For dreaming up new models of sustainability for the built world
Cat Huang arrived at Harvard fully intending to become a doctor, diligently studying molecular biology and conducting research on fruit flies—until she saw Scandinavian architect Bjarke Ingels speak in 2007. His vision of solving environmental and societal concerns through design deeply resonated with Huang. Before Ingels had returned to Denmark, Huang had convinced him to give her an internship at his firm, BIG — Bjarke Ingels Group. Within months, she moved to Copenhagen and, 10 years later, ascended to full partner at the firm.
In that time, Huang has built a reputation for applying sustainable, scientific methods to the built environment. “For me, architecture is problem-solving, and the solutions are forms that respond to urban- and human-scale needs,” she says.
She relies on iterative problem-solving to push conventional design strategies in new directions. Every project starts with a research phase, in which designers explore the historical, geographical and cultural background of the site, then use those insights to brainstorm the best solution. “It’s all about a hypothesis and the research and evidence that supports it,” she says.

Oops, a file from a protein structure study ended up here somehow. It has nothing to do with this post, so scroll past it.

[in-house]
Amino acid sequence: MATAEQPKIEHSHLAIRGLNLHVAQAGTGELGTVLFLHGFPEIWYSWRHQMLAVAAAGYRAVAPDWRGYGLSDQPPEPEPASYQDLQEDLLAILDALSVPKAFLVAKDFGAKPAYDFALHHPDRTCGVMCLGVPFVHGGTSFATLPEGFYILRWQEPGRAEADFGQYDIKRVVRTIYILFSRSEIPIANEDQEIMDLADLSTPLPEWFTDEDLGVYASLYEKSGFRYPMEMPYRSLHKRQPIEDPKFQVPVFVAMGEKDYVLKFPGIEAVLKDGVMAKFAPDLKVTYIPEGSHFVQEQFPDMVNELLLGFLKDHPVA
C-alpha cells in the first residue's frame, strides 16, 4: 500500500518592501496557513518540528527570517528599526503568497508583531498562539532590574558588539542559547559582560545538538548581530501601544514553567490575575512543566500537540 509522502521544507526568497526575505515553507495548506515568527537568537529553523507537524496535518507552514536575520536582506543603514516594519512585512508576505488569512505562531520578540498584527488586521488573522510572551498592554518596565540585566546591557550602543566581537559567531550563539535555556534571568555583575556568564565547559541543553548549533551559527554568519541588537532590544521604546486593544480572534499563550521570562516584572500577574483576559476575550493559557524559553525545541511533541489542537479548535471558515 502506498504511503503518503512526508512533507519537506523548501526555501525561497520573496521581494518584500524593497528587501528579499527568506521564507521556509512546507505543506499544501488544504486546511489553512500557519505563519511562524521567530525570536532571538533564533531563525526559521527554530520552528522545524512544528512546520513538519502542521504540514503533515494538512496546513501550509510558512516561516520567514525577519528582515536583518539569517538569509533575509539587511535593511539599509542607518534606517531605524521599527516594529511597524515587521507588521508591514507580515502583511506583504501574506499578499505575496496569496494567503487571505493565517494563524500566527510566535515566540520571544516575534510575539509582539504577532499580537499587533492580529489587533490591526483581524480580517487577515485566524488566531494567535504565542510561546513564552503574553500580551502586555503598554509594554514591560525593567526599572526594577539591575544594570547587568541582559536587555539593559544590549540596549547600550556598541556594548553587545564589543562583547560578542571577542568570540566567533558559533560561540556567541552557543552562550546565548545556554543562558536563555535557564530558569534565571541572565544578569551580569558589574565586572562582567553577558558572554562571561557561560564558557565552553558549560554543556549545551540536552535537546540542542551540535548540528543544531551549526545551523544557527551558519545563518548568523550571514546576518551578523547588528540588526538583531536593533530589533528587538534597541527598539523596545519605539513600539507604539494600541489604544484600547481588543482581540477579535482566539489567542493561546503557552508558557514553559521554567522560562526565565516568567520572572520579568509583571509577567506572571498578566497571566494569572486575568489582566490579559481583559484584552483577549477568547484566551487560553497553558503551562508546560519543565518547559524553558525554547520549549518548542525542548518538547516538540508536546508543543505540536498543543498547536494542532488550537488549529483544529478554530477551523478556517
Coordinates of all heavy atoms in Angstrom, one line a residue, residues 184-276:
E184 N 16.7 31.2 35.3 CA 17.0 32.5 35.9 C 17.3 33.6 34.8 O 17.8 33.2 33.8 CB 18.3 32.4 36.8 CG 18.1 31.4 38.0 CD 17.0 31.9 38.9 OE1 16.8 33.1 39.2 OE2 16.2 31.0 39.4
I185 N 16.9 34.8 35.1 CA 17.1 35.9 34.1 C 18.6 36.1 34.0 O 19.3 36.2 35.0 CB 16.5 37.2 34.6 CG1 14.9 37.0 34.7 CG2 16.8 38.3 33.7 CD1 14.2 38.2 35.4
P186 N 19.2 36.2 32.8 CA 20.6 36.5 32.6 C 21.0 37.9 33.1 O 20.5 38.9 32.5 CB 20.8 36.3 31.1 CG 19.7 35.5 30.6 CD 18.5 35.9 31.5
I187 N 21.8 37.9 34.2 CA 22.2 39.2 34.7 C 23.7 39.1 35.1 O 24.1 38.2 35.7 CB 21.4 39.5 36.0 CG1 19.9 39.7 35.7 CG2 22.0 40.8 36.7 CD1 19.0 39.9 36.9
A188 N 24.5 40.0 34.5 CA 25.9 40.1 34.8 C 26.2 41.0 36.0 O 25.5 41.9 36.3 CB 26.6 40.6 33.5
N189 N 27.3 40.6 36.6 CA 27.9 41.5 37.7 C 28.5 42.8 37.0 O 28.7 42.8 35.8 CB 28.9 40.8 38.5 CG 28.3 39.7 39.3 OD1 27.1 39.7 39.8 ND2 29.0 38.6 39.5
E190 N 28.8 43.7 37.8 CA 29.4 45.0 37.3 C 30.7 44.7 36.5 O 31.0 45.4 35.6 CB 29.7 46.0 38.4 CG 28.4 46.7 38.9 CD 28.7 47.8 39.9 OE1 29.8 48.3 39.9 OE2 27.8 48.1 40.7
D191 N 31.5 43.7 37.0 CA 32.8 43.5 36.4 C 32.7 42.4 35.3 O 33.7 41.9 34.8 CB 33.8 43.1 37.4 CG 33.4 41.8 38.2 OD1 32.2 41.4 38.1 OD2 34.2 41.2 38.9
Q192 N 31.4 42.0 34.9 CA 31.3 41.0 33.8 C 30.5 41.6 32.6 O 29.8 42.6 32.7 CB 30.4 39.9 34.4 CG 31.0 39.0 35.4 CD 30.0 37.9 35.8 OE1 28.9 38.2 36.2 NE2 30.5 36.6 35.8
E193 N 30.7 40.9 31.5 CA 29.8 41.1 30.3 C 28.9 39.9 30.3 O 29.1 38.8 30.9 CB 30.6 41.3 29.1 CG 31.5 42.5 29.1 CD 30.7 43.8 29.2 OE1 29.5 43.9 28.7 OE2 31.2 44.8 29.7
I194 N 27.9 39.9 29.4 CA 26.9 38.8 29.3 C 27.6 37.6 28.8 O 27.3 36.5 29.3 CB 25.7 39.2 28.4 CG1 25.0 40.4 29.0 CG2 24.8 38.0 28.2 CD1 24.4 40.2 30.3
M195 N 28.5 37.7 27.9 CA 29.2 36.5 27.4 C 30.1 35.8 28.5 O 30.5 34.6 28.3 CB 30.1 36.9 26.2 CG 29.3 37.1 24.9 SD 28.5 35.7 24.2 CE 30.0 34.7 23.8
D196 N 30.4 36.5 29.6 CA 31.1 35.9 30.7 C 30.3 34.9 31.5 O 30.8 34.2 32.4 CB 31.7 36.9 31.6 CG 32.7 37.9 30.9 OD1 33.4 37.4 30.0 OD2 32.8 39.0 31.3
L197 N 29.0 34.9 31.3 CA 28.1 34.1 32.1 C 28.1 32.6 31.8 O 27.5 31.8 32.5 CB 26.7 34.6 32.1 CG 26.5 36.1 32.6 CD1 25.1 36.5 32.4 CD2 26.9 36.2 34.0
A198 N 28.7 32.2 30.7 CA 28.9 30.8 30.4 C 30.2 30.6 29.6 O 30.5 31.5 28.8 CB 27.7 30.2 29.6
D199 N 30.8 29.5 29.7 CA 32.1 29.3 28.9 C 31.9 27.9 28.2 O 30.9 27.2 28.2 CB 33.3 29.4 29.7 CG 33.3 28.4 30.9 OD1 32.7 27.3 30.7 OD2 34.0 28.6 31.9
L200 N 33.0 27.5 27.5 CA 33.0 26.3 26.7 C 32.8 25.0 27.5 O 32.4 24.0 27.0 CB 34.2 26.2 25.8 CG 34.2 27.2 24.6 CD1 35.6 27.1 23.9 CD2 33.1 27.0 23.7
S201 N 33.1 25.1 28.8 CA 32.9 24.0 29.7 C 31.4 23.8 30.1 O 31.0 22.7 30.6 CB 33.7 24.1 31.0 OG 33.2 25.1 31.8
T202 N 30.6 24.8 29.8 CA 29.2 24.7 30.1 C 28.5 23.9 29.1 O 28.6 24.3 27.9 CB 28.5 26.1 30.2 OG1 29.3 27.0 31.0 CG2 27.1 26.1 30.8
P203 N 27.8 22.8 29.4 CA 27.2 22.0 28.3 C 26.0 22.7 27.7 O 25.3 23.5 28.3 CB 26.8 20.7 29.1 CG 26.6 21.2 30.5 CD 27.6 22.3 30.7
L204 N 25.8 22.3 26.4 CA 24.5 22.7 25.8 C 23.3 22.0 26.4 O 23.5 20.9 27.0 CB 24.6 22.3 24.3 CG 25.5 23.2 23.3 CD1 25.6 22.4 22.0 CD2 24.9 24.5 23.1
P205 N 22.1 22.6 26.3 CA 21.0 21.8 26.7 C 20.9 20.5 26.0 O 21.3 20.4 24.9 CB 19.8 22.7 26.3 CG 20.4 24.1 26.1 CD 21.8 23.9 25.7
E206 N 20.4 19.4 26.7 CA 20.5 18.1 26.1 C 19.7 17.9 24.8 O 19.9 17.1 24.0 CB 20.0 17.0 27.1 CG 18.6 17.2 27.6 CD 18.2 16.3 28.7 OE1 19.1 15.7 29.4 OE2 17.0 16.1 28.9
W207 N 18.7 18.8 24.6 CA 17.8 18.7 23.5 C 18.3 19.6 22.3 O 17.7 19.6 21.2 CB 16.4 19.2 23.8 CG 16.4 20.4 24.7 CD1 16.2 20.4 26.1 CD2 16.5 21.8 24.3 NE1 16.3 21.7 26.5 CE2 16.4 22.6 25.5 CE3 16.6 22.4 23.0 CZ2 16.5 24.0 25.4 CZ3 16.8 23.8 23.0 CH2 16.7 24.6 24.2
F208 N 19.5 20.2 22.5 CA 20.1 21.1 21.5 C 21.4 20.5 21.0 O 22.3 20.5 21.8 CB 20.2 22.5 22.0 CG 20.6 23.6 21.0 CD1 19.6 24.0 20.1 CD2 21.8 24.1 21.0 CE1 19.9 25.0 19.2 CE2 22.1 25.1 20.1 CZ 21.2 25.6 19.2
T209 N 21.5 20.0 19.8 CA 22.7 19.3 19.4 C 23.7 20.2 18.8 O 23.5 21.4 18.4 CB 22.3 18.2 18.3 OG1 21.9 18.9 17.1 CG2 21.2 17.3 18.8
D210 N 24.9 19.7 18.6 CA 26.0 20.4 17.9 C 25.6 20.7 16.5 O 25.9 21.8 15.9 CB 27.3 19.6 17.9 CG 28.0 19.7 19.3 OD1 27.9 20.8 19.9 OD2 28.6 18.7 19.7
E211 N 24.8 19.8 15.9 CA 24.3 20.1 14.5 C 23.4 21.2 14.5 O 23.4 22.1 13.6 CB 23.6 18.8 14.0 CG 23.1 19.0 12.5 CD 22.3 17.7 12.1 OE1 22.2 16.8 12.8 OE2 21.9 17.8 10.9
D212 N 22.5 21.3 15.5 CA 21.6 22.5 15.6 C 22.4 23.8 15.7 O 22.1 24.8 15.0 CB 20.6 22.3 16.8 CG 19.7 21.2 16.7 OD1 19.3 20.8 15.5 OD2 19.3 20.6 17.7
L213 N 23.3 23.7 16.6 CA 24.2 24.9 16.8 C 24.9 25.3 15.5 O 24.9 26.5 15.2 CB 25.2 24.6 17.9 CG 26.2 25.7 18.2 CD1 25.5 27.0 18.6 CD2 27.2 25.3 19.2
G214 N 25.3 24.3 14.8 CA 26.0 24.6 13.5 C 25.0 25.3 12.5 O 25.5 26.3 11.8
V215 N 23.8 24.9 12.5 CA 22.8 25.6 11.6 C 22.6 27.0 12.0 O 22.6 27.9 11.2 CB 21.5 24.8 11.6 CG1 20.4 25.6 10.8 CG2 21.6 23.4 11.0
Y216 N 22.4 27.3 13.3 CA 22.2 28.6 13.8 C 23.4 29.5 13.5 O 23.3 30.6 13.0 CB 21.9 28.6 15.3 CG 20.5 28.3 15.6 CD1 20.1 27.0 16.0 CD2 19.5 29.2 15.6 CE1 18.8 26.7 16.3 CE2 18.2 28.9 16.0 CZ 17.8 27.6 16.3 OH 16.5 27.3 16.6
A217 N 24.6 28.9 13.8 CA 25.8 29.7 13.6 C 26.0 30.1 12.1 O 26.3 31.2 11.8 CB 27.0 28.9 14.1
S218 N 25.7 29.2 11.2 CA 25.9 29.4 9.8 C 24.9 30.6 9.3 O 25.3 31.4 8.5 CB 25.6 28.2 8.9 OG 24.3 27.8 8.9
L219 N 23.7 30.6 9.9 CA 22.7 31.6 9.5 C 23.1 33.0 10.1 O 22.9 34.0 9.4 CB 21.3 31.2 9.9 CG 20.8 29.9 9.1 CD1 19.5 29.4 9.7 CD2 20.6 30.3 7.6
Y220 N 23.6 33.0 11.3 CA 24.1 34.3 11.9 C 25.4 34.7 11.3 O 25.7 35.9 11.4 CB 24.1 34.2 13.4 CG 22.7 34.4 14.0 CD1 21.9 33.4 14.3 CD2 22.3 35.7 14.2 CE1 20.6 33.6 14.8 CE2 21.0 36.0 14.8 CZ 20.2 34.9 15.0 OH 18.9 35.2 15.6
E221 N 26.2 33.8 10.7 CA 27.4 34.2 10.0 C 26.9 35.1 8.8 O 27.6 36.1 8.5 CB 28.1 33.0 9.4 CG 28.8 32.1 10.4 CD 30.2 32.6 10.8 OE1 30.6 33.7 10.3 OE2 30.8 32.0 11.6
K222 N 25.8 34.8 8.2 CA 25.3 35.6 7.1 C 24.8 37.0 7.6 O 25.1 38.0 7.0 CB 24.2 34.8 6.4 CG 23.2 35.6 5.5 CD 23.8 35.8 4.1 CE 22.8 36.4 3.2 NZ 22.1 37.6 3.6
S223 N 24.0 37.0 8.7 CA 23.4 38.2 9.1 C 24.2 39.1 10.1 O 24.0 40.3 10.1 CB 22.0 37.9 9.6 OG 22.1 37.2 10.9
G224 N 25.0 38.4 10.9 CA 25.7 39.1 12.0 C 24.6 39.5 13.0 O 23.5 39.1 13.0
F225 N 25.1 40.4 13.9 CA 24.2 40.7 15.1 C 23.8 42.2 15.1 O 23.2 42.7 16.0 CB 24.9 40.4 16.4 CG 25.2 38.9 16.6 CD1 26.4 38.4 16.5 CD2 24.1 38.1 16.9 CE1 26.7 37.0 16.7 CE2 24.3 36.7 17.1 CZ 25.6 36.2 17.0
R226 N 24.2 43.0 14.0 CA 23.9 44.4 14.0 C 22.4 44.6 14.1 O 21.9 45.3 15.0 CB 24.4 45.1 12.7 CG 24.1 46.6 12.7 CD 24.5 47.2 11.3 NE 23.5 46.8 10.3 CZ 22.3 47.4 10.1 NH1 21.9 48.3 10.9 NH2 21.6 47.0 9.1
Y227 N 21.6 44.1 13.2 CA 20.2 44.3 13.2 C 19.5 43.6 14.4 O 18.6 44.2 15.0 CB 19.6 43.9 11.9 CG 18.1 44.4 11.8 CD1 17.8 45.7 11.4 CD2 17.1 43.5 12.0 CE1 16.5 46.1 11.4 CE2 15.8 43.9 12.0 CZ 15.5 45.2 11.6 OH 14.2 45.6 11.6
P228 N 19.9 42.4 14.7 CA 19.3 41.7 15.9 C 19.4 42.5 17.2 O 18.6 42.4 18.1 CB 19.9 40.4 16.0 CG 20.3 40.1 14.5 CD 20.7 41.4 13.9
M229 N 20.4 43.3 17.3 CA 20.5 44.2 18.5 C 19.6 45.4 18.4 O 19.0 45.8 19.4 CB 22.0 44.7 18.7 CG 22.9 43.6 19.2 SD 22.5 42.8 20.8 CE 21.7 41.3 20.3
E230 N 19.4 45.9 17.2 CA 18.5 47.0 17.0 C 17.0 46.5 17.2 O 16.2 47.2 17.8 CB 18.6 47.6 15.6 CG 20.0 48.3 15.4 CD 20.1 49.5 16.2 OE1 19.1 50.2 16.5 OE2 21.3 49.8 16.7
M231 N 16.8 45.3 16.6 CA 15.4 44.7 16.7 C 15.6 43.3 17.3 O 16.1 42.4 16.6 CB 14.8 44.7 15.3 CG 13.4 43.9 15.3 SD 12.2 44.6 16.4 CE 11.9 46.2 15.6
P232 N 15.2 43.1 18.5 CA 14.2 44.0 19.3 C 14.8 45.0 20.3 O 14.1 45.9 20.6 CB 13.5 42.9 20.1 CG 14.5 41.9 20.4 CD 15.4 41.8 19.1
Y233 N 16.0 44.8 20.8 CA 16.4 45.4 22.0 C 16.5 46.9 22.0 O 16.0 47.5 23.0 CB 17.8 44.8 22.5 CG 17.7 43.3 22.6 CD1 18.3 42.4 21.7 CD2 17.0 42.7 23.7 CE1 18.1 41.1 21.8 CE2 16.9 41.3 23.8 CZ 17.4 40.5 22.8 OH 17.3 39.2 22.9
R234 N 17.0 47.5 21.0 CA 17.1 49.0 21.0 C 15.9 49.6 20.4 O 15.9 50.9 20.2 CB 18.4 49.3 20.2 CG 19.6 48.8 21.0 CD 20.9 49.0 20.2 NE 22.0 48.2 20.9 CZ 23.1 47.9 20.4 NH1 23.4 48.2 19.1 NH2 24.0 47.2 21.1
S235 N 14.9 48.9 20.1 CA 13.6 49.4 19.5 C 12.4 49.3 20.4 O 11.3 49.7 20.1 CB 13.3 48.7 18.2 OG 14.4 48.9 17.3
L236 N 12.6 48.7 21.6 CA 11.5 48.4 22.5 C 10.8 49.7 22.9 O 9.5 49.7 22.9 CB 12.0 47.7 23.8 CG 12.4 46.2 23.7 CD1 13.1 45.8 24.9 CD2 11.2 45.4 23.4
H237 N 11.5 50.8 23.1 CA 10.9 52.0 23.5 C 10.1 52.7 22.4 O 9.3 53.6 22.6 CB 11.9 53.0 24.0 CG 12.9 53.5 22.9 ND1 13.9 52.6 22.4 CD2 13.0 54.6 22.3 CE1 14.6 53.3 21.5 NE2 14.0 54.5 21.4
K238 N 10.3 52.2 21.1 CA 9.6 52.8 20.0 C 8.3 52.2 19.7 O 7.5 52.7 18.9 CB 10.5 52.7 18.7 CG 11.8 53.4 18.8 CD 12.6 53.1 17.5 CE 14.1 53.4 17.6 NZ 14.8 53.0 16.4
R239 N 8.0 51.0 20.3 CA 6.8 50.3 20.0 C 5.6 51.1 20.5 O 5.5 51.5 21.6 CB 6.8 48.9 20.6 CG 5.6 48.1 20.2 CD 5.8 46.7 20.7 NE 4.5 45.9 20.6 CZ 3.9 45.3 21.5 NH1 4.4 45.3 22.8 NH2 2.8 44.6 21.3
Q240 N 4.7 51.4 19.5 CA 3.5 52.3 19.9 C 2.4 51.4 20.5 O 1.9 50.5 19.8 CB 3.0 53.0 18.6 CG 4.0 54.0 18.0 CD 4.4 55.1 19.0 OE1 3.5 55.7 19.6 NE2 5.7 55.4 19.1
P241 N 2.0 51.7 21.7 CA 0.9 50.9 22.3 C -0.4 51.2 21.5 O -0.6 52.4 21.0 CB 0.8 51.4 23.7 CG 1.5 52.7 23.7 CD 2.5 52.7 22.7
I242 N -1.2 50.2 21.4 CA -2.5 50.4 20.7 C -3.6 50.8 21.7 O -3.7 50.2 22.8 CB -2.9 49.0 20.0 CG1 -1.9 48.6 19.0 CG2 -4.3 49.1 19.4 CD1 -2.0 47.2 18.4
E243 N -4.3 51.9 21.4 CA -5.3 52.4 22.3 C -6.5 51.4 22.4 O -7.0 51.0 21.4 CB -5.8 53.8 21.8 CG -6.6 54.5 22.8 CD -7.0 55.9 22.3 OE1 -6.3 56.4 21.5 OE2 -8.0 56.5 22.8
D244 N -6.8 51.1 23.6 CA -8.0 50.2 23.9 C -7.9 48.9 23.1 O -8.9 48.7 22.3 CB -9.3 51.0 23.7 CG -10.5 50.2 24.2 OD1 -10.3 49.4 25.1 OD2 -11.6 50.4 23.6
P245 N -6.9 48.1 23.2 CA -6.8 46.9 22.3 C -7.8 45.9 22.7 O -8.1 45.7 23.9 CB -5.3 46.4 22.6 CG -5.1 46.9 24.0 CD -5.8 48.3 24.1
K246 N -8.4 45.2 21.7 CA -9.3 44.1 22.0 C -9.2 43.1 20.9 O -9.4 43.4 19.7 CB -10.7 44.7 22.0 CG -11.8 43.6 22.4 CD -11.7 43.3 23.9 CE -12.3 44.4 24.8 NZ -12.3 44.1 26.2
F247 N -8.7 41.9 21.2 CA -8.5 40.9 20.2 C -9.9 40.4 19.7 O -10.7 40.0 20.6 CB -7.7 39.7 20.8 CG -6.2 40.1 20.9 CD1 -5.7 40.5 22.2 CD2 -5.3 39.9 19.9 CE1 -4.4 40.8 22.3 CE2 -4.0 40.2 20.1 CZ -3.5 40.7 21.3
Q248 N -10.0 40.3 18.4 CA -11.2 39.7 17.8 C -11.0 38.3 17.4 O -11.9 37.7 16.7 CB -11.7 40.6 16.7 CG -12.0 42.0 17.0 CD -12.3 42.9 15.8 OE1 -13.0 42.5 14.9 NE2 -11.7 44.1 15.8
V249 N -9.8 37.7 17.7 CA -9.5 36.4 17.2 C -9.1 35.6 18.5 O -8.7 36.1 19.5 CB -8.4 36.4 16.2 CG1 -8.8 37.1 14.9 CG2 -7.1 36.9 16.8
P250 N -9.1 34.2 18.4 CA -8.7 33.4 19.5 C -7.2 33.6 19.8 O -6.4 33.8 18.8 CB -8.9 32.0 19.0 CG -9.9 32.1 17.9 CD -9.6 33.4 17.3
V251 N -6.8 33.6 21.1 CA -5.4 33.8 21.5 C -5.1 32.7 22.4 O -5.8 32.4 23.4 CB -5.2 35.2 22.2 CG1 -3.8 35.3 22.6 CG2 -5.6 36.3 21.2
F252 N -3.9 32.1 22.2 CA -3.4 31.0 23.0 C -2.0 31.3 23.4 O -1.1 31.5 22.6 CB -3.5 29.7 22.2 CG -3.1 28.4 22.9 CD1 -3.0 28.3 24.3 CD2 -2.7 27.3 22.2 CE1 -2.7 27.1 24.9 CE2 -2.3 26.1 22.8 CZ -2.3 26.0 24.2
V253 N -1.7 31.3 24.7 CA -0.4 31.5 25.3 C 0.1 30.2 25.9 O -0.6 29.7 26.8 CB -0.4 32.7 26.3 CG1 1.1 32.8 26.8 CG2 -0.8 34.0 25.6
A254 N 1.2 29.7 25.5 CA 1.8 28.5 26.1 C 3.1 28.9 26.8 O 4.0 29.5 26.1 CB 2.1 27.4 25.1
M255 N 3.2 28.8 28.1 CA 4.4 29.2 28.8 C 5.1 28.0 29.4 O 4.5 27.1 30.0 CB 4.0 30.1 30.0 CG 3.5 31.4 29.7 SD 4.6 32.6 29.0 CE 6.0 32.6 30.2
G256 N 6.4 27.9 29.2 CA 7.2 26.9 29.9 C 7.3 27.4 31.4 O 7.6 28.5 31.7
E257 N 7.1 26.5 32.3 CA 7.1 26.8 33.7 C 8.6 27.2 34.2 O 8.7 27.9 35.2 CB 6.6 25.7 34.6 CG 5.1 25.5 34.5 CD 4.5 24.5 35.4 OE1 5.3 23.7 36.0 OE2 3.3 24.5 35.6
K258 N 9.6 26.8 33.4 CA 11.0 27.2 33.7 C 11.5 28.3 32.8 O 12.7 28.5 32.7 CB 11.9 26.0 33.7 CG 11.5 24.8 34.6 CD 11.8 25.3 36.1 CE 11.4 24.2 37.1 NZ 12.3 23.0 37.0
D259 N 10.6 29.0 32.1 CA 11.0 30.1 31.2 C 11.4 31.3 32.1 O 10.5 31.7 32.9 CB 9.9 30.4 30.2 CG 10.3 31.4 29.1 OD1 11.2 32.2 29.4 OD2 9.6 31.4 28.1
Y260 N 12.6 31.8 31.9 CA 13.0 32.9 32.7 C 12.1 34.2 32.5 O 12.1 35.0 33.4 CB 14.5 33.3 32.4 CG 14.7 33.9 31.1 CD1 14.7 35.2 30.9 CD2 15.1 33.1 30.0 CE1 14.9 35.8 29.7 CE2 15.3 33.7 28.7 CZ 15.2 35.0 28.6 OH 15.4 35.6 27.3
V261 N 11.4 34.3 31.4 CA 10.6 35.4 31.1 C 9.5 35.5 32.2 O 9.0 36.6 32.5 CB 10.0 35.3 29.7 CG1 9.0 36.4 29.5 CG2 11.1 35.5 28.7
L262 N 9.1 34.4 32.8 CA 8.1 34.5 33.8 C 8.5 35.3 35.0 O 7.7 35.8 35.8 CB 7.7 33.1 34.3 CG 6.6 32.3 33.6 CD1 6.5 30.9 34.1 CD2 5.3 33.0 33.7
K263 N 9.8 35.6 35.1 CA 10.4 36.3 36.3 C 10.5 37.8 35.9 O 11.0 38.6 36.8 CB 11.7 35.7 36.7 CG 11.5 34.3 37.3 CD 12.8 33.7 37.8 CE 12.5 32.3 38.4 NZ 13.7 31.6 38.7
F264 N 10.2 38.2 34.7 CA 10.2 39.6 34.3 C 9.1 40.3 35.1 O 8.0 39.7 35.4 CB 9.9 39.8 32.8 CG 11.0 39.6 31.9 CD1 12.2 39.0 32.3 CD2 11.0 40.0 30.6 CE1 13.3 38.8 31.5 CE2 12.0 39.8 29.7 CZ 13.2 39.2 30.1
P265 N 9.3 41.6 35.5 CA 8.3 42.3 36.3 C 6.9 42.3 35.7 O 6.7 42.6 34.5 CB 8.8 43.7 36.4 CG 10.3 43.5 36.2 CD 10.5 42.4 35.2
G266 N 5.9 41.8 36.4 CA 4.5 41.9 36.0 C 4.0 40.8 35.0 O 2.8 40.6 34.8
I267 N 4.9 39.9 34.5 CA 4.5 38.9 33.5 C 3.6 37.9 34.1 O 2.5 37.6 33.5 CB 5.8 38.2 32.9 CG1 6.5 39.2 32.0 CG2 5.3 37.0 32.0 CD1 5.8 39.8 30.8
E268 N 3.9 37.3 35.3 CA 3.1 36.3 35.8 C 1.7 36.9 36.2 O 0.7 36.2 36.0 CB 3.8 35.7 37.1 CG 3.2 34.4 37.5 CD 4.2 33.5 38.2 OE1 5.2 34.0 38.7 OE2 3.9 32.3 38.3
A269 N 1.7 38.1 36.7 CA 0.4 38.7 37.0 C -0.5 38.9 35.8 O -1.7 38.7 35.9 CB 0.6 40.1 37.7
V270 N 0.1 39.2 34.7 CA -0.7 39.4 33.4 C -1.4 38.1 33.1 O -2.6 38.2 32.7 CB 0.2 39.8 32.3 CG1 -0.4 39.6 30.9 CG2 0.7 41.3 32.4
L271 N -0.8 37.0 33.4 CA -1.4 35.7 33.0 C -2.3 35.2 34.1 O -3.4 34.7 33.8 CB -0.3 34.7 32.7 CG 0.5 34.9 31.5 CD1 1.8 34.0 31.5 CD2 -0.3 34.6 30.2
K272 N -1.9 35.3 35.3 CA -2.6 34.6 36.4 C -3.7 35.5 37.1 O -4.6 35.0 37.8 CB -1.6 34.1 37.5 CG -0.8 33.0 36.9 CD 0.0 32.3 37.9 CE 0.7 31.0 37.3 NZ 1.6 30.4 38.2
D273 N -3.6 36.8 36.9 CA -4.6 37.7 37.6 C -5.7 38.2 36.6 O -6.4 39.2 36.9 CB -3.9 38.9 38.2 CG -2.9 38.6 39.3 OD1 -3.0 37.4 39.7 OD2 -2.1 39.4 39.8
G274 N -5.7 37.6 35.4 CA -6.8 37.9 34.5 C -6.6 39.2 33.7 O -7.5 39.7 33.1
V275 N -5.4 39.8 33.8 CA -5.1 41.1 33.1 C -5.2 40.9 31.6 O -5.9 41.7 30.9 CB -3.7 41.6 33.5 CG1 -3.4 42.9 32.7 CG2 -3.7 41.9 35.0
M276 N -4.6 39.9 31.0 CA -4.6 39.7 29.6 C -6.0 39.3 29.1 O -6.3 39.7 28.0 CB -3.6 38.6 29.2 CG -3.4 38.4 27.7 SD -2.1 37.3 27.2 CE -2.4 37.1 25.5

For Dortheavej Residence in Copenhagen, Huang helped to transform a low-budget housing project into a modular checkerboard-pattern complex of light, airy homes with soaring windows and 11.5-foot (3.5-meter) ceilings.
“By being smart in the design process, we managed to create a system that yielded high ceilings in the living spaces for little additional cost—and suddenly made social housing feel quite luxurious,” she says. “For me, influential means showing that something improbable can be done—and more than that, can be taken as a precedent so that the improbable can someday become commonplace.”
Cat Huang Uses Architecture to Solve Societal Problems